|Categories: iterators, adaptors||Component type: type|
list<int> L; L.push_front(3); front_insert_iterator<list<int> > ii(L); *ii++ = 0; *ii++ = 1; *ii++ = 2; copy(L.begin(), L.end(), ostream_iterator<int>(cout, " ")); // The values that are printed are 2 1 0 3
|FrontInsertionSequence||The type of Front Insertion Sequence into which values will be inserted.|
|front_insert_iterator(const front_insert_iterator&)||Trivial Iterator||The copy constructor|
front_insert_iterator& operator=(const front_insert_iterator&)
|Trivial Iterator||The assignment operator|
|front_insert_iterator& operator*()||Output Iterator||Used to implement the output iterator expression *i = x. |
front_insert_iterator& operator=(const FrontInsertionSequence::value_type&)
|Output Iterator||Used to implement the output iterator expression *i = x. |
|front_insert_iterator& operator++()||Output Iterator||Preincrement.|
|front_insert_iterator& operator++(int)||Output Iterator||Postincrement.|
output_iterator_tag iterator_category(const front_insert_iterator&)
|iterator tags||Returns the iterator's category. This is a global function, not a member.|
template<class FrontInsertionSequence> front_insert_iterator<FrontInsertionSequence> front_inserter(FrontInsertionSequence& S)
|front_insert_iterator(FrontInsertionSequence& S)||Constructs a front_insert_iterator that inserts objects before the first element of S.|
template<class FrontInsertionSequence> front_insert_iterator<FrontInsertionSequence> front_inserter(FrontInsertionSequence& S);
|Equivalent to front_insert_iterator<FrontInsertionSequence>(S).  This is a global function, not a member function.|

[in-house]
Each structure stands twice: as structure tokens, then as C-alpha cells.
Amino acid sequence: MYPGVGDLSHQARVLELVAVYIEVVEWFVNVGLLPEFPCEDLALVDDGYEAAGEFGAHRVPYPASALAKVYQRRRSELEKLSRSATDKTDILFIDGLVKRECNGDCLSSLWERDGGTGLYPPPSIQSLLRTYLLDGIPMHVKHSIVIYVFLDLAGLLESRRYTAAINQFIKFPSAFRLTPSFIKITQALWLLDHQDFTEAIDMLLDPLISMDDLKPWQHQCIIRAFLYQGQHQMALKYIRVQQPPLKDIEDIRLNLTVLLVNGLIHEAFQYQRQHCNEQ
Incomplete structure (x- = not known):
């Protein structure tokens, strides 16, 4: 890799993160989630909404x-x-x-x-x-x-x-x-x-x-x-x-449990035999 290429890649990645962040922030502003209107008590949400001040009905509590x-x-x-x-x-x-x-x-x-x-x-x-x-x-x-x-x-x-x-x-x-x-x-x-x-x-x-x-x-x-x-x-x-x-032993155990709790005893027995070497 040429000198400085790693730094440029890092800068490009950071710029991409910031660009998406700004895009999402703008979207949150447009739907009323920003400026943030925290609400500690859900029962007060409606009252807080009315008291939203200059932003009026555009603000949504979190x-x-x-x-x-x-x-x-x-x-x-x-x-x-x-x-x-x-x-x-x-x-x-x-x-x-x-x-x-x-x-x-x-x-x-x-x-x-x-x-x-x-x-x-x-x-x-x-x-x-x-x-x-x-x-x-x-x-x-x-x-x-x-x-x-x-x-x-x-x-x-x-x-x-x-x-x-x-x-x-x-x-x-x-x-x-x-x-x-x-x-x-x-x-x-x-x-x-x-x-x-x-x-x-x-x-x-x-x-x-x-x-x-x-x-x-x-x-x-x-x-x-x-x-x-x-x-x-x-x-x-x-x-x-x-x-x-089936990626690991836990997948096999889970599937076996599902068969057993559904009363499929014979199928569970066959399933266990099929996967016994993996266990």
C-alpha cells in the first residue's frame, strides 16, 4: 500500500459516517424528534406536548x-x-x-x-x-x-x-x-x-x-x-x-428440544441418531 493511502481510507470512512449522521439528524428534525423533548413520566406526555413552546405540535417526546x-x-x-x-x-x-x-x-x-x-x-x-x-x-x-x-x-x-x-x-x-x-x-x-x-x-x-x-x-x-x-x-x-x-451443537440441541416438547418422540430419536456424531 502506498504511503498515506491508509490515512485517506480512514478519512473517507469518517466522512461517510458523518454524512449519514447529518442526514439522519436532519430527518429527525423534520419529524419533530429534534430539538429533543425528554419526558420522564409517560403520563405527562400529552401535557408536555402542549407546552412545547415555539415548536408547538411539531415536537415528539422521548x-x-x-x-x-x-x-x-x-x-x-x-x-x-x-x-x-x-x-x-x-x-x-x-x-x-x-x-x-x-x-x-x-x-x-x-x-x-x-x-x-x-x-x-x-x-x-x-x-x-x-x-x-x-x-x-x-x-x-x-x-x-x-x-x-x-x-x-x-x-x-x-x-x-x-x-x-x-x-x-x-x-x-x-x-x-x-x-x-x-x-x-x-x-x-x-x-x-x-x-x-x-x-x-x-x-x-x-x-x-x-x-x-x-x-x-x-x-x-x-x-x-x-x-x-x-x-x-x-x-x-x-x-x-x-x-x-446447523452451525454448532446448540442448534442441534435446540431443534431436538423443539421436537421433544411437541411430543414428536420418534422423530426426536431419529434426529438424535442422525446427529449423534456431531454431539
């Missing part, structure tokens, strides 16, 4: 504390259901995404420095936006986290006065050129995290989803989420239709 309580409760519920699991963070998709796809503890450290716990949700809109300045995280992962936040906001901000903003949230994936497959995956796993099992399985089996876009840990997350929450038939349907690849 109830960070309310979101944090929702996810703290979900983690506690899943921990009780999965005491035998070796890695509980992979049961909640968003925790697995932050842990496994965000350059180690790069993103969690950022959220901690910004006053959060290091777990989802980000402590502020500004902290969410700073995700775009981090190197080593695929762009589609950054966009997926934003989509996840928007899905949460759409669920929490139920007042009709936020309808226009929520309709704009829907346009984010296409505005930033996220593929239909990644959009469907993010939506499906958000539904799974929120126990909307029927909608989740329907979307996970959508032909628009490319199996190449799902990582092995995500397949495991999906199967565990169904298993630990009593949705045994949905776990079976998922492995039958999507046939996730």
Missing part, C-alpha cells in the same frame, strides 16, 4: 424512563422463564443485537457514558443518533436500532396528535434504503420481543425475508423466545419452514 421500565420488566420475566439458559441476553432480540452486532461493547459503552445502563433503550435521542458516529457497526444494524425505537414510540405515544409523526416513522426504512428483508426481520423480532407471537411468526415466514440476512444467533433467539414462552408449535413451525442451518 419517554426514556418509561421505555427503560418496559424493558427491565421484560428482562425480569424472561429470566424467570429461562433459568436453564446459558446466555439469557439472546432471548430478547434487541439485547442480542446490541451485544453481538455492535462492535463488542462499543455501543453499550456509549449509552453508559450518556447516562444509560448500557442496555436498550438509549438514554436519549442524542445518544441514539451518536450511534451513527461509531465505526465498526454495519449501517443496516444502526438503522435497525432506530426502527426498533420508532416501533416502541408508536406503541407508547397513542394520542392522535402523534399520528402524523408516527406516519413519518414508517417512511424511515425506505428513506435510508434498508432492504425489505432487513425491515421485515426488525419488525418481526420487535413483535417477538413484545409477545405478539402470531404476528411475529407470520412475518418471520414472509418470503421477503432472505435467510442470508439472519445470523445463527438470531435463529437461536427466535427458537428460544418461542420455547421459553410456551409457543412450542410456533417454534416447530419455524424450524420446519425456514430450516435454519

Note the difference between assignment through a FrontInsertionSequence::iterator and assignment through an front_insert_iterator<FrontInsertionSequence>. If i is a valid FrontInsertionSequence::iterator, then it points to some particular element in the front insertion sequence; the expression *i = t replaces that element with t, and does not change the total number of elements in the sequence. If ii is a valid front_insert_iterator<FrontInsertionSequence>, however, then the expression *ii = t is equivalent, for some FrontInsertionSequence seq, to the expression seq.push_front(t). That is, it does not overwrite any of seq's elements and it does change seq's size.
 Note the difference between a front_insert_iterator and an insert_iterator. It may seem that a front_insert_iterator is the same as an insert_iterator constructed with an insertion point that is the beginning of a sequence. In fact, though, there is a very important difference: every assignment through a front_insert_iterator corresponds to an insertion before the first element of the sequence. If you are inserting elements at the beginning of a sequence using an insert_iterator, then the elements will appear in the order in which they were inserted. If, however, you are inserting elements at the beginning of a sequence using a front_insert_iterator, then the elements will appear in the reverse of the order in which they were inserted.
 Note how assignment through an front_insert_iterator is implemented. In general, unary operator* must be defined so that it returns a proxy object, where the proxy object defines operator= to perform the insert operation. In this case, for the sake of simplicity, the proxy object is the front_insert_iterator itself. That is, *i simply returns i, and *i = t is equivalent to i = t. You should not, however, rely on this behavior. It is an implementation detail, and it is not guaranteed to remain the same in future versions.
 This function exists solely for the sake of convenience: since it is a non-member function, the template parameters may be inferred and the type of the front_insert_iterator need not be declared explicitly. One easy way to reverse a range and insert it at the beginning of a Front Insertion Sequence S, for example, is copy(first, last, front_inserter(S)).
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